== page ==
This team of Sir Julian Cahn's contained two notable players. RWV Robins, who wrought havoc with the Irish batsman, had played in the first two Tests against the Australians in this summer of 1930 and John Gunn, who was 54 on the first day of the game, had played for England between 1901 and 1905. There were two games to be played, one in Dublin and one in Belfast. Of the team selected for the Dublin game only four of the original team actually played. They were Kelly, Dixon, McVeagh and Shires.
Heavy rain limited the first day's cricket to one hour and 50 minutes. Ireland did very well to take eight wickets for 73 runs in this time considering the bowlers had to use a wet ball. The opening pair looked like getting going but Boucher, relieving Douglas, got both of them. RD Lambert, a son of the famous Bob Lambert, coming on for Dixon, got two cheap wickets and John Gunn got only eight before Boucher had him stumped. The Irish fielding was very good and Kelly, the captain, was, as ever, excellent behind the stumps.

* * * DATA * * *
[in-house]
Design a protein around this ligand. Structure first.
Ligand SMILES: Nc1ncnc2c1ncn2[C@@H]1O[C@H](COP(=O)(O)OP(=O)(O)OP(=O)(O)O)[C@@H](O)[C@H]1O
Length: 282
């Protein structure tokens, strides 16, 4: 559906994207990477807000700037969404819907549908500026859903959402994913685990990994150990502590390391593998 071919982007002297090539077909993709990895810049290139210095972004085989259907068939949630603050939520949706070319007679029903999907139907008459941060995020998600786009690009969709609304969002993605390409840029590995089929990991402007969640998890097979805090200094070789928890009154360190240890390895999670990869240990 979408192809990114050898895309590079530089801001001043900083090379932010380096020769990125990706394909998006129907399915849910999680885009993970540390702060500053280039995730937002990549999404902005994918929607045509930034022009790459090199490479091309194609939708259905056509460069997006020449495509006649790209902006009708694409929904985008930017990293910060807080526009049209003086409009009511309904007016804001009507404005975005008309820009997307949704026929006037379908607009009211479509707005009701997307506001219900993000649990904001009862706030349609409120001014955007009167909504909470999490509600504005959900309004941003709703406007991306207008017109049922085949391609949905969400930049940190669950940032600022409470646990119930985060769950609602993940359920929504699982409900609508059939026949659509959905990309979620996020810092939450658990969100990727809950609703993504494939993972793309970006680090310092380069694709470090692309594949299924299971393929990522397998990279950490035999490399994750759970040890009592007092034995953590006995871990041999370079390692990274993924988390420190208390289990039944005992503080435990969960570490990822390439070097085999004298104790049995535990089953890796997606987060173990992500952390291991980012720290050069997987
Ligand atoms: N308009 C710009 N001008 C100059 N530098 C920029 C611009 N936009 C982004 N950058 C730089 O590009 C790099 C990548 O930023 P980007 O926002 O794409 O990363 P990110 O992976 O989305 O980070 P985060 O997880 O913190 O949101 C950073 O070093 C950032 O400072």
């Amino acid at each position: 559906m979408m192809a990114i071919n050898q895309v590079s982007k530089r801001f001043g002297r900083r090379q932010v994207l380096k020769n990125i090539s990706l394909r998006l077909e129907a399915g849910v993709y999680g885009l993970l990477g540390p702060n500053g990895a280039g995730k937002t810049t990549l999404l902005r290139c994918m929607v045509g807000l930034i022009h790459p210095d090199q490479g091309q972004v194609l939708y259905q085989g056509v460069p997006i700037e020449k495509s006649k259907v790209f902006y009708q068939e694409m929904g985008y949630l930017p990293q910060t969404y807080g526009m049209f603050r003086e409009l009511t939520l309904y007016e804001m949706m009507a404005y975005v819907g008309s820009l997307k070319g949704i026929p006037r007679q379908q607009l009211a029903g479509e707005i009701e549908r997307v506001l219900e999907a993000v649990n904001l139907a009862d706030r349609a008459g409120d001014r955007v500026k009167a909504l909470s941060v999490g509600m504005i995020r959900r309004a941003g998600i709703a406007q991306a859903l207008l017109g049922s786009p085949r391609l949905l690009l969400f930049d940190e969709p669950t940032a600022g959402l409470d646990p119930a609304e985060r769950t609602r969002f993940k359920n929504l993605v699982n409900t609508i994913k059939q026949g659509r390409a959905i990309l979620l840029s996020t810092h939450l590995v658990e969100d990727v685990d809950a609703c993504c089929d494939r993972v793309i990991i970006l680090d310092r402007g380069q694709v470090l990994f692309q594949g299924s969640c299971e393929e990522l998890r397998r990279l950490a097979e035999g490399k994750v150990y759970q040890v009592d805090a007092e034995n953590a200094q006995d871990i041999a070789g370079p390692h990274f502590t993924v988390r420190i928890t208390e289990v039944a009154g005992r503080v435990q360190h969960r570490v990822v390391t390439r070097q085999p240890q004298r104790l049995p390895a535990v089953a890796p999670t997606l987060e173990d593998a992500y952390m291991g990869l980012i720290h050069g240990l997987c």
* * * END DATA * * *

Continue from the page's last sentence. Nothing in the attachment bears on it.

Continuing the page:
The large attendance on the second day saw fascinating cricket. The last two wickets of Cahn's team gave great trouble. They added 98 runs in 40 minutes. Salmondson was chiefly responsible for this. He, Robins and Flood all punished the Irish bowling and Salmondson was unbeaten at the end with 58 scored in 40 minutes. Boucher ended with 7-72 although when the day began his figures were 6-28. None of the home batsmen except Ganly and McVeagh could do anything against Robins's leg-breaks and googlies. McVeagh, at number three, was run out for 16. Ganly, at number seven, was not out 43 when the innings closed. With the lead of 64 the visitors went in again and had scored 135-7 by the close of play. No one gave any real trouble except Nicholas, Essex, who scored 67 by brisk hitting. The opening pair were both run out and Boucher bowled Gunn for nine.
On the last day the three remaining wickets fell quickly for 22 runs and Ireland were set 222 to win. At one point they appeared likely to get the runs as 100 went up with only four wickets down. But the later batsmen failed and in 150 minutes the innings was over for 170 runs. McVeagh made a great effort for his side and batted 2¼ hours for his 62 which included five boundaries. Ganly, hero of the first innings, had this time a merry but short innings of 16. He hit Robins for two sixes and a four before being bowled by the England player. Loughery helped McVeagh to and 44 for the seventh wicket. Robins was at times expensive but bowled cleverly and took 5-60, a match analysis of 11-79.